July 2019 Set Global Records, A Look Ahead to July 2020

If you watched the Women’s World Cup in France last summer you may remember the weather was as big of a deal as the U.S. Women’s National team becoming the world champions. Players endured extreme heat with temperatures often higher than 100 degrees in the afternoon. 

In fact, France recorded its hottest temperature on record at 114 degrees Fahrenheit. NOAA scientists confirmed the following month that July 2019 was not just the hottest July on record, but the hottest month globally ever recorded. 


What You Need To Know

  • July 2019 was the hottest July on record globally.
  • Ohio has dealt with recent record heat in July.
  • July 2020 could topple more heat records.

Looking at the numbers closer to home, many of our warmer Julys have had us sweltering in recent years. You don’t have to look that far back to find some record heat for Ohio in the month of July. Here’s a look back at our top 3 current warmest Julys for Cleveland, Columbus, and Cincinnati on record.

The top two spots for Columbus and Cleveland happened in 2012. For Columbus, July 2012 recorded a monthly mean average temperature of 80.5 degrees, making it their warmest July on record.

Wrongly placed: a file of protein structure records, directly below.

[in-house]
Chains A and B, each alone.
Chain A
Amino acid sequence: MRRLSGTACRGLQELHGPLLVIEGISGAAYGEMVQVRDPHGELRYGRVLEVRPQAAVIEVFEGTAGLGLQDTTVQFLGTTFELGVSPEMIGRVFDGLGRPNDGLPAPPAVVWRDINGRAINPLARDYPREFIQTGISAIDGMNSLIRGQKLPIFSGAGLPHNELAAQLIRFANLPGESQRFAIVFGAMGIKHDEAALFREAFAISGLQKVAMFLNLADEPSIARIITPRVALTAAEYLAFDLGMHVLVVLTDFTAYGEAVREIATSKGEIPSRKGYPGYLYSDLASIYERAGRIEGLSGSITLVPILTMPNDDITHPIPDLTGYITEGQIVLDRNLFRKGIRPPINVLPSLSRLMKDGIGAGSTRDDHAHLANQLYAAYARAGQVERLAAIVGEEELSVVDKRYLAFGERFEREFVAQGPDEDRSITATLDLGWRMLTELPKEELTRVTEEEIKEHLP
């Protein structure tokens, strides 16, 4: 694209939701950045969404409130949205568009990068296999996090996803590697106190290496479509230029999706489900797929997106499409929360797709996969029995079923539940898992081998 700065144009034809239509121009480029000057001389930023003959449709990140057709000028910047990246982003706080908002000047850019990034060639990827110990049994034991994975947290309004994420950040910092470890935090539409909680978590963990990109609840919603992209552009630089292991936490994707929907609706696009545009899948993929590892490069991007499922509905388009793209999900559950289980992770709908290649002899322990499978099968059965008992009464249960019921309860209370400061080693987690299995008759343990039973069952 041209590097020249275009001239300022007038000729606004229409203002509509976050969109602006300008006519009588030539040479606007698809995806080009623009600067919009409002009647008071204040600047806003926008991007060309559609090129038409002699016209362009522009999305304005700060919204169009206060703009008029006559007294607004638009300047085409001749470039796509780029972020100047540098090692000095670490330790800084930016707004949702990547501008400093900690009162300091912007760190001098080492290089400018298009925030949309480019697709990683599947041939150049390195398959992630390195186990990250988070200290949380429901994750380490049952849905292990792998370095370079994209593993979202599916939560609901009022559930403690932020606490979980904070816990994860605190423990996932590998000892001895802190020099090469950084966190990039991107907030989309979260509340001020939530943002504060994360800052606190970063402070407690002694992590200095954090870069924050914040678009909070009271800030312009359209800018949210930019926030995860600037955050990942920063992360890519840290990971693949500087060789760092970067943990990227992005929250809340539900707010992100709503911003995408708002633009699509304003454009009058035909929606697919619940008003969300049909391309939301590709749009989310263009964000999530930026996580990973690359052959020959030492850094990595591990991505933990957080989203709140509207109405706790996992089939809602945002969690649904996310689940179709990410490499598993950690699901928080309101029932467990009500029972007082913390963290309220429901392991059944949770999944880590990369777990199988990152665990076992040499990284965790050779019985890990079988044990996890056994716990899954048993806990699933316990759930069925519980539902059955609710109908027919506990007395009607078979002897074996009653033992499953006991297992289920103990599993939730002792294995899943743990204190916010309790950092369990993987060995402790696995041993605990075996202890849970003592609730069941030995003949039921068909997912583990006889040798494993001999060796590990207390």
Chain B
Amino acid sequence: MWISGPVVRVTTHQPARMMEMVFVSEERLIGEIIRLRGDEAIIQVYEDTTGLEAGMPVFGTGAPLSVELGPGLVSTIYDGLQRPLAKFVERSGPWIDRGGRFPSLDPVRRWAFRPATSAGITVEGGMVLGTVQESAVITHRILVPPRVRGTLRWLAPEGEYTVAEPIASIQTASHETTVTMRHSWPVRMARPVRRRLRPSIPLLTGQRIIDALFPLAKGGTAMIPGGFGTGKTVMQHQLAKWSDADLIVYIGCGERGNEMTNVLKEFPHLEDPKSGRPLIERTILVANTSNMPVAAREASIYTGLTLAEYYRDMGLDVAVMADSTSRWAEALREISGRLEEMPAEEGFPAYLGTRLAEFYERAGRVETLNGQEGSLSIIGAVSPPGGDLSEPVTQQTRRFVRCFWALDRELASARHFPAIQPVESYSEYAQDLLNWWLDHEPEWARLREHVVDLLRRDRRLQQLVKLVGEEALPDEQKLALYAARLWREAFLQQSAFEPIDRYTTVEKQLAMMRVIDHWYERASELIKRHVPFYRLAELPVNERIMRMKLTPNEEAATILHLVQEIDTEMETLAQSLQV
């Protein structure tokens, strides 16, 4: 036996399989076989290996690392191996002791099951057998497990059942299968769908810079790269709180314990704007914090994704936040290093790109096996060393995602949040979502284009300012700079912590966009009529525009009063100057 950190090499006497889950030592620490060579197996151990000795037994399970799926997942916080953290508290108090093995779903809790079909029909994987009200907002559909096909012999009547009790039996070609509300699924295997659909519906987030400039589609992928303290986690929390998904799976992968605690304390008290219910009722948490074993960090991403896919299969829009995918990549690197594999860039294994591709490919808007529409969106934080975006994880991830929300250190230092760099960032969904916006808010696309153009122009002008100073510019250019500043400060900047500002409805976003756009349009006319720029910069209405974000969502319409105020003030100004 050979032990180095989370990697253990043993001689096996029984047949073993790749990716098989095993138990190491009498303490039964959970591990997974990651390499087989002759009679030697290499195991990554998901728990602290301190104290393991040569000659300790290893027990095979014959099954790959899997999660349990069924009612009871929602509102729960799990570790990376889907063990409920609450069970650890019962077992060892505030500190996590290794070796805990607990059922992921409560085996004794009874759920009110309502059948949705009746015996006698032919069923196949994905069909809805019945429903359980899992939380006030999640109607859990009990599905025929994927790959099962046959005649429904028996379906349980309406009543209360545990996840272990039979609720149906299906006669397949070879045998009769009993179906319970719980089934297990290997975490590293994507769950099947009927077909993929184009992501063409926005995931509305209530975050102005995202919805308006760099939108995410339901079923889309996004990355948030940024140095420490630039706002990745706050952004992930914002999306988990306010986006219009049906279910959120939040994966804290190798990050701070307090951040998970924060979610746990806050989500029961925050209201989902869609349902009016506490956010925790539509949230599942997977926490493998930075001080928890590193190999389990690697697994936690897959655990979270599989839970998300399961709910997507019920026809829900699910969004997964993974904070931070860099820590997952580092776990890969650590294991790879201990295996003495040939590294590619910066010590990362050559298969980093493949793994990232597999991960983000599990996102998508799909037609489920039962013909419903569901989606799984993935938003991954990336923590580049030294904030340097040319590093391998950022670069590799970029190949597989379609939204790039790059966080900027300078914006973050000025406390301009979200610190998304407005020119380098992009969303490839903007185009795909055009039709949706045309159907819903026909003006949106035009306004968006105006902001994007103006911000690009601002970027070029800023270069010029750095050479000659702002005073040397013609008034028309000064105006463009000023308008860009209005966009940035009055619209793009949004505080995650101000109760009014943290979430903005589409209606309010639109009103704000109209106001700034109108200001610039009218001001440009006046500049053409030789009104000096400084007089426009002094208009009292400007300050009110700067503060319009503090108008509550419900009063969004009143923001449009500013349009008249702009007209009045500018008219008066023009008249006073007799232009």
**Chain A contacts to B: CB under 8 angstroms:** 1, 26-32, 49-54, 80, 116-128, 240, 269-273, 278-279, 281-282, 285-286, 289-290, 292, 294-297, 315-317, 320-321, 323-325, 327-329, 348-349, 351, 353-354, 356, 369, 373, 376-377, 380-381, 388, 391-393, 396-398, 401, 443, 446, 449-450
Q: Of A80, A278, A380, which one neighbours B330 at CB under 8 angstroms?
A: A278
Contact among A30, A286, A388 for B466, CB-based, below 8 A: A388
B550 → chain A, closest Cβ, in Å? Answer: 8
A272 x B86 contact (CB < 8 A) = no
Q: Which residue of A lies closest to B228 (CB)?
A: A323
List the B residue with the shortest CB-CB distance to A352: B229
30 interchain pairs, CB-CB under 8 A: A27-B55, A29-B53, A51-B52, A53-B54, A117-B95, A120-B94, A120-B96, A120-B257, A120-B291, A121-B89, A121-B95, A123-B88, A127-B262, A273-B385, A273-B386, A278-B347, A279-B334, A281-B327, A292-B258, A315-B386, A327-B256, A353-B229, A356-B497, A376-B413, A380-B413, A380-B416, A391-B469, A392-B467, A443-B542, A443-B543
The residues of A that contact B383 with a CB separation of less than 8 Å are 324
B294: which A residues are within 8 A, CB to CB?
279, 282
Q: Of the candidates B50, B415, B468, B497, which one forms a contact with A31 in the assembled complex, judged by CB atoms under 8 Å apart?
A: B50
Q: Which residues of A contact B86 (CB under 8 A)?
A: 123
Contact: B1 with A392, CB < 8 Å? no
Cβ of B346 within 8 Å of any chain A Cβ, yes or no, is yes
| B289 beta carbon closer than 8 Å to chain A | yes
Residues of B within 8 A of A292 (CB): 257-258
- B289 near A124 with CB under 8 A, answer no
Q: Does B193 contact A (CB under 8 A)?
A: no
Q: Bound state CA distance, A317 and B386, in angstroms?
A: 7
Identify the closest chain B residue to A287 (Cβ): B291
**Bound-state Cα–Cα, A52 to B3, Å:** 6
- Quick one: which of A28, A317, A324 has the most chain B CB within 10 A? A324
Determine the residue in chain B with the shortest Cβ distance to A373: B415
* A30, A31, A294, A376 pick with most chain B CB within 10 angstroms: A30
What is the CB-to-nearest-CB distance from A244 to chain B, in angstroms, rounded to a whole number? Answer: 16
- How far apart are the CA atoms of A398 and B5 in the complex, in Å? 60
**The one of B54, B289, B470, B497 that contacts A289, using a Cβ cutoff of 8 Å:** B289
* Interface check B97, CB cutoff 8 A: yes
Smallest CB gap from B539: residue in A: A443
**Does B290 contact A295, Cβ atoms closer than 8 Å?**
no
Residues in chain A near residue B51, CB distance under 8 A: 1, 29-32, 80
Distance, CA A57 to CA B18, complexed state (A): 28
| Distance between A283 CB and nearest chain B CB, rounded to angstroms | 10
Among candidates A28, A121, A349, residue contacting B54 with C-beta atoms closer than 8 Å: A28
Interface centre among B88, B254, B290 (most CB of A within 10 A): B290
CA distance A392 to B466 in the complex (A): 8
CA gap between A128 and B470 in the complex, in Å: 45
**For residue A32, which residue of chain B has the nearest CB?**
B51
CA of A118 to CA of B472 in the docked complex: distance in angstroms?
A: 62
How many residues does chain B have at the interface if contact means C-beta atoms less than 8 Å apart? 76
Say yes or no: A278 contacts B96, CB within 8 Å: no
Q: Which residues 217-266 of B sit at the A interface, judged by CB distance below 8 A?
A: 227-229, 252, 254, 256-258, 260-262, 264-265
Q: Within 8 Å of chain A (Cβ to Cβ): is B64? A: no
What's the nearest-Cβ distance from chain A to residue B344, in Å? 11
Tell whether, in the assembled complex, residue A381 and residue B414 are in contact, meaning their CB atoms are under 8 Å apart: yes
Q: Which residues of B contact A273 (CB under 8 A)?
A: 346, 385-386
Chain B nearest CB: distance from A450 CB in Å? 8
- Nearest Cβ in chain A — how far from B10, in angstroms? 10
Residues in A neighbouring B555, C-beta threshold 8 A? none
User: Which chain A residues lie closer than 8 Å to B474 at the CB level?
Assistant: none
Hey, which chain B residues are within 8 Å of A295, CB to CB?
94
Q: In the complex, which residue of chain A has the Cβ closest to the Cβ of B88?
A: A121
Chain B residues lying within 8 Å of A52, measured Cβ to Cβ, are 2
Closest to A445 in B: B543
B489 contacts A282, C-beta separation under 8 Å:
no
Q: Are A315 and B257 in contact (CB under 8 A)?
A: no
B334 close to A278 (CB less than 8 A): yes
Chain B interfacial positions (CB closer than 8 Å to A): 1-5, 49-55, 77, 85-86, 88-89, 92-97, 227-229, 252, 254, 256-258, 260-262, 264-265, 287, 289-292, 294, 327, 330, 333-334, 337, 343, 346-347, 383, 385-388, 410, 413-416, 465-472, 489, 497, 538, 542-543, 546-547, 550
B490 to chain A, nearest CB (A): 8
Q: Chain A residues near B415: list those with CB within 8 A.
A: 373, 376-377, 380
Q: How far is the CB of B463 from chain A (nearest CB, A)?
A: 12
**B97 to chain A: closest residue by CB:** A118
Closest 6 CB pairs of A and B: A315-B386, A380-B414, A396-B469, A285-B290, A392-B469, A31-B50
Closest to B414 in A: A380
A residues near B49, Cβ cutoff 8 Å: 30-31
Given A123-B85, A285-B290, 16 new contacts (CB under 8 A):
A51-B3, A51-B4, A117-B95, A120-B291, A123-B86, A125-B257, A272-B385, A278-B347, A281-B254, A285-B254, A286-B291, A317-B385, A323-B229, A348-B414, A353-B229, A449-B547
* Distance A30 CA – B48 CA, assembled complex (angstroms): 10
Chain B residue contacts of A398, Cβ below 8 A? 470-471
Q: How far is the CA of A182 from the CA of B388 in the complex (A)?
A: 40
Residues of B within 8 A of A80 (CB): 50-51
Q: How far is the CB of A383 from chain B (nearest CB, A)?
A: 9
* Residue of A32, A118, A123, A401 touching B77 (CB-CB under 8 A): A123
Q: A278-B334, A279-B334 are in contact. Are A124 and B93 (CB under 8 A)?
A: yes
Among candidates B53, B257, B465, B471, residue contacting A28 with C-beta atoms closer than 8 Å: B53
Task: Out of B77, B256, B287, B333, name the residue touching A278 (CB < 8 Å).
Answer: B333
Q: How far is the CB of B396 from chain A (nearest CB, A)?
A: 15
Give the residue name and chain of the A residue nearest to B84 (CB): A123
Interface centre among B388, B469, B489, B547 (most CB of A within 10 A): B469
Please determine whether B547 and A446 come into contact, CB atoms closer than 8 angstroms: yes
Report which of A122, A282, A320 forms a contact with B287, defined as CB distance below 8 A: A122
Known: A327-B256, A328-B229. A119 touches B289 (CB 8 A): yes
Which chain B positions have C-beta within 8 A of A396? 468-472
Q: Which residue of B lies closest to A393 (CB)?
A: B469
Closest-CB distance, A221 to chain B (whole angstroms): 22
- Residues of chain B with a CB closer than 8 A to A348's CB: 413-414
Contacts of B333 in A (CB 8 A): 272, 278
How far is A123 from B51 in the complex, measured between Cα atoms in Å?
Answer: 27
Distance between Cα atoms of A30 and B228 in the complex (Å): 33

At first glance these numbers may not seem that warm or hot but compare them to the “normal” monthly mean average temperature and most averages are a good five degrees above normal.

In 2012, Cleveland recorded a monthly temperature of 78 degrees making it the second hottest July on record. 1955 holds the current record with an average temperature of 79 degrees. 

For Cincinnati, July 2012 was sixth hottest on record. The #1 spot is 1901 with an average temperature of 82.3 degrees.

What’s in Store for July 2020?

The Climate Prediction Center has released its outlook for July 2020 and most of the country has an increased chance at seeing above average warmth. 

For most of Ohio, there is a 40% chance for above average temperatures. There is about a 33% chance for above average temperatures in the southwest corner of the state.

The CPC’s outlook shows the heat is particularly noticeable in New England and the southwest U.S. Even Alaska will continue to see way above average temps as well as the Summer season gets underway.

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